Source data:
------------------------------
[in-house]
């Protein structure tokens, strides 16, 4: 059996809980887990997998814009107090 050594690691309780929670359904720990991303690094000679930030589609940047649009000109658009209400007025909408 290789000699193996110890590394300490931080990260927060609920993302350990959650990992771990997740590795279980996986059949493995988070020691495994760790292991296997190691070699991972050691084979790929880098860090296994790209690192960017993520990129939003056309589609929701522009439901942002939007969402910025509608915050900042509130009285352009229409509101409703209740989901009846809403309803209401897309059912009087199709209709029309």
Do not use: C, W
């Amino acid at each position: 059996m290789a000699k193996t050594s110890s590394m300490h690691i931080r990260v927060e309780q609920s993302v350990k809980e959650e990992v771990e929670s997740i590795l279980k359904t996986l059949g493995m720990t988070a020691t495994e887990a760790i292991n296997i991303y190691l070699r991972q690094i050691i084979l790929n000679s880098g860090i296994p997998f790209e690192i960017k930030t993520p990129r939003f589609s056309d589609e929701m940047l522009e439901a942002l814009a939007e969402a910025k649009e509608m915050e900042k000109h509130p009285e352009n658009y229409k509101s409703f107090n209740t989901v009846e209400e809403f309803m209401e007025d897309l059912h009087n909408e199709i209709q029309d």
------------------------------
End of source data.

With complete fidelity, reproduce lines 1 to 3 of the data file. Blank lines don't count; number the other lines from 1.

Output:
[in-house]
């Protein structure tokens, strides 16, 4: 059996809980887990997998814009107090 050594690691309780929670359904720990991303690094000679930030589609940047649009000109658009209400007025909408 290789000699193996110890590394300490931080990260927060609920993302350990959650990992771990997740590795279980996986059949493995988070020691495994760790292991296997190691070699991972050691084979790929880098860090296994790209690192960017993520990129939003056309589609929701522009439901942002939007969402910025509608915050900042509130009285352009229409509101409703209740989901009846809403309803209401897309059912009087199709209709029309």
Do not use: C, W